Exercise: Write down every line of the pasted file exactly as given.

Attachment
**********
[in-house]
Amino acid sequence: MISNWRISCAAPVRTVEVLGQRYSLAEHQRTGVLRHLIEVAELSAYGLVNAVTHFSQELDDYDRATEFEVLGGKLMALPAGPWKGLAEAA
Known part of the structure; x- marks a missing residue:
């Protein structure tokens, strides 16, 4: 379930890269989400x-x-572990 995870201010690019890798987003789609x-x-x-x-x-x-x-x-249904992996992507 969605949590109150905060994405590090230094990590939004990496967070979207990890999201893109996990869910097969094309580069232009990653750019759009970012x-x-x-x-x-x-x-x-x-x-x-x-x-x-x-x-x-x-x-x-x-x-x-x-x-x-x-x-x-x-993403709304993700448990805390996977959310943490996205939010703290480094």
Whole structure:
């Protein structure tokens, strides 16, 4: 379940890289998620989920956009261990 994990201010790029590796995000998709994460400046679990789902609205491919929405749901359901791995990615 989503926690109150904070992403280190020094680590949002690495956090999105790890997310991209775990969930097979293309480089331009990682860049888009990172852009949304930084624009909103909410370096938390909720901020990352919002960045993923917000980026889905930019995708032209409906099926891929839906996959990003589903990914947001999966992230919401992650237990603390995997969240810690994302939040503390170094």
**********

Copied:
[in-house]
Amino acid sequence: MISNWRISCAAPVRTVEVLGQRYSLAEHQRTGVLRHLIEVAELSAYGLVNAVTHFSQELDDYDRATEFEVLGGKLMALPAGPWKGLAEAA
Known part of the structure; x- marks a missing residue:
């Protein structure tokens, strides 16, 4: 379930890269989400x-x-572990 995870201010690019890798987003789609x-x-x-x-x-x-x-x-249904992996992507 969605949590109150905060994405590090230094990590939004990496967070979207990890999201893109996990869910097969094309580069232009990653750019759009970012x-x-x-x-x-x-x-x-x-x-x-x-x-x-x-x-x-x-x-x-x-x-x-x-x-x-x-x-x-x-993403709304993700448990805390996977959310943490996205939010703290480094």
Whole structure:
């Protein structure tokens, strides 16, 4: 379940890289998620989920956009261990 994990201010790029590796995000998709994460400046679990789902609205491919929405749901359901791995990615 989503926690109150904070992403280190020094680590949002690495956090999105790890997310991209775990969930097979293309480089331009990682860049888009990172852009949304930084624009909103909410370096938390909720901020990352919002960045993923917000980026889905930019995708032209409906099926891929839906996959990003589903990914947001999966992230919401992650237990603390995997969240810690994302939040503390170094």